Avian influenza surveillance in domestic waterfowl and environment of live bird markets in Bangladesh, 2007-2012.

Research paper by Salah Uddin SU Khan, Emily S ES Gurley, Nancy N Gerloff, Md Z MZ Rahman, Natosha N Simpson, Mustafizur M Rahman, Najmul N Haider, Sukanta S Chowdhury, Amanda A Balish, Rashid Uz RU Zaman, Sharifa S Nasreen, Bidhan B Chandra Das, Eduardo E Azziz-Baumgartner, Katharine K Sturm-Ramirez, C Todd CT Davis, et al.

Indexed on: 22 Jun '18Published on: 22 Jun '18Published in: Scientific Reports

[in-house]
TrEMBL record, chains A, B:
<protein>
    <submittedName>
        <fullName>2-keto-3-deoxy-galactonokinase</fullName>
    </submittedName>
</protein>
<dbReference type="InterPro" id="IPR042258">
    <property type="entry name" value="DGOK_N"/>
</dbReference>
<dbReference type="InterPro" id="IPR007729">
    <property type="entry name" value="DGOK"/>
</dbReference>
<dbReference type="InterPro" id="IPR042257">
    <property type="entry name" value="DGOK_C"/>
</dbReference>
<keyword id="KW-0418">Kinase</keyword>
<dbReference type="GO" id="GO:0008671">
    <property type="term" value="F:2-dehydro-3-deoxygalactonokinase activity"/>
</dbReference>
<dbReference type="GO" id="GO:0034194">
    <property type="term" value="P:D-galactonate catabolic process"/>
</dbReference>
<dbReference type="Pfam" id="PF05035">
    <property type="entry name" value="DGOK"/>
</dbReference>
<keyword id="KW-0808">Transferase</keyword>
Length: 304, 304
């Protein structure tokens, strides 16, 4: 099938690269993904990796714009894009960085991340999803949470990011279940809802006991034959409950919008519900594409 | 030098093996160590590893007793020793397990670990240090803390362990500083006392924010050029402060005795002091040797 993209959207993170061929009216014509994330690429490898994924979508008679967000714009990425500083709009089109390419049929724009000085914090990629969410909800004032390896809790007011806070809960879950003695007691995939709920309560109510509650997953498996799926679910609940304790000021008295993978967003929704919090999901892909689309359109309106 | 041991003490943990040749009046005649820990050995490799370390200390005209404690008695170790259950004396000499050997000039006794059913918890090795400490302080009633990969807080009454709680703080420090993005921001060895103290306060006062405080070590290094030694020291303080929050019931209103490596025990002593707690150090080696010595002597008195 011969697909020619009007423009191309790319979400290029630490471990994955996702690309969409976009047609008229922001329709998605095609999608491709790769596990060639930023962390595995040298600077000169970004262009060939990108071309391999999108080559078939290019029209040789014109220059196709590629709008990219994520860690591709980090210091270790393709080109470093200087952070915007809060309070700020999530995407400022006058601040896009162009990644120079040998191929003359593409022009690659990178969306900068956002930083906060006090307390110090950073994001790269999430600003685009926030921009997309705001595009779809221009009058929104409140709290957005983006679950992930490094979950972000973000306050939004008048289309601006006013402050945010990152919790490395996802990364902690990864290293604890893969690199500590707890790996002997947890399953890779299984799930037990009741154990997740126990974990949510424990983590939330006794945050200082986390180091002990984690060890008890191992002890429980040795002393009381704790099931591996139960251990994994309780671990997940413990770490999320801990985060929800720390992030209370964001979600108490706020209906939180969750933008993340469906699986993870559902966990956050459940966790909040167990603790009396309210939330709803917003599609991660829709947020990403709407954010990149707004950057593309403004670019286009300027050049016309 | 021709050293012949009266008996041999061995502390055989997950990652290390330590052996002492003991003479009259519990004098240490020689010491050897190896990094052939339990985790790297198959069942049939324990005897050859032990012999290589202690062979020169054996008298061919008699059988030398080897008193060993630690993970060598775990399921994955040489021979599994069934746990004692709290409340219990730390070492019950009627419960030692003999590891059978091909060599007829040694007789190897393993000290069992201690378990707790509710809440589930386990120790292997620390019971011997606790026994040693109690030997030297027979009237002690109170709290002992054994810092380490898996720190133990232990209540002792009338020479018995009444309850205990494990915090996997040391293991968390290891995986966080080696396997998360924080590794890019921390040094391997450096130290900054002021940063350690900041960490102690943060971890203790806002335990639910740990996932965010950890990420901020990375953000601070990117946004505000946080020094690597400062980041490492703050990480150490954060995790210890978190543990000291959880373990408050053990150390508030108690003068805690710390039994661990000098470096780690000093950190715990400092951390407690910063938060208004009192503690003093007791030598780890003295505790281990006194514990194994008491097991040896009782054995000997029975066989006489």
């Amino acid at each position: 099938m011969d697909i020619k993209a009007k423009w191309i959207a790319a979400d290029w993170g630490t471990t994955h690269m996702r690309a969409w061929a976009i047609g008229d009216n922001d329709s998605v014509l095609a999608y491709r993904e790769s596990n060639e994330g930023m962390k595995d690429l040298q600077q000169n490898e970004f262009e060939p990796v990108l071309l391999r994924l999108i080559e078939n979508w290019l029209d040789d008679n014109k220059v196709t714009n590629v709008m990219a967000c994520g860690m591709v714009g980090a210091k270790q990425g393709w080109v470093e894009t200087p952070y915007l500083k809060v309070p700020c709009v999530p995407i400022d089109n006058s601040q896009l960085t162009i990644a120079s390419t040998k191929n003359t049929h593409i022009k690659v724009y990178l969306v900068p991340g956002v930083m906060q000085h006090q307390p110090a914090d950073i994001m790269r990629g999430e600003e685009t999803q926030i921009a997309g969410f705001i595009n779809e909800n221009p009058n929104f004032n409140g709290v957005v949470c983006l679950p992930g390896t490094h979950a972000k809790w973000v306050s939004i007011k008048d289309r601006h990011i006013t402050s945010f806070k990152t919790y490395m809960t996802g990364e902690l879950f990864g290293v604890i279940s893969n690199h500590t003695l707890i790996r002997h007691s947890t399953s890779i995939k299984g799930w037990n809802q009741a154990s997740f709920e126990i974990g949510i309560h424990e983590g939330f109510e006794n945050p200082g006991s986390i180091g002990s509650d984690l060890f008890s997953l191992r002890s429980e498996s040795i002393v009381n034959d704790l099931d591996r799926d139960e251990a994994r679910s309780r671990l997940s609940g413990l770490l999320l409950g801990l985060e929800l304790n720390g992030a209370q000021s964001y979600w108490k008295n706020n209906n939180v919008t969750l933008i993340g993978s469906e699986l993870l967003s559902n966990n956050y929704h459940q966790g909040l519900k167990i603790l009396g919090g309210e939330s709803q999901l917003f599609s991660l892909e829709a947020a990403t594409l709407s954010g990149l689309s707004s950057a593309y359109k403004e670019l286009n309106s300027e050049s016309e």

Avian influenza viruses, including highly pathogenic strains, pose severe economic, animal and public health concerns. We implemented live bird market surveillance in Bangladesh to identify the subtypes of avian influenza A viruses in domestic waterfowl and market environments. We collected waterfowl samples monthly from 4 rural sites from 2007 to 2012 and environmental samples from 4 rural and 16 urban sites from 2009 to 2012. Samples were tested through real-time RT-PCR, virus culture, and sequencing to detect and characterize avian influenza A viruses. Among 4,308 waterfowl tested, 191 (4.4%) were positive for avian influenza A virus, including 74 (1.9%) avian influenza A/H5 subtype. The majority (99%, n = 73) of the influenza A/H5-positive samples were from healthy appearing waterfowl. Multiple subtypes, including H1N1, H1N3, H3N2, H3N6, H3N8, H4N1, H4N2, H4N6, H5N1 (clades 2.2.2,,, H5N2, H6N1, H7N9, H9N2, H11N2 and H11N3, H11N6 were detected in waterfowl and environmental samples. Environmental samples tested positive for influenza A viruses throughout the year. Avian influenza viruses, including H5N1 and H9N2 subtypes were also identified in backyard and small-scale raised poultry. Live bird markets could be high-risk sites for harboring the viruses and have the potential to infect naive birds and humans exposed to them.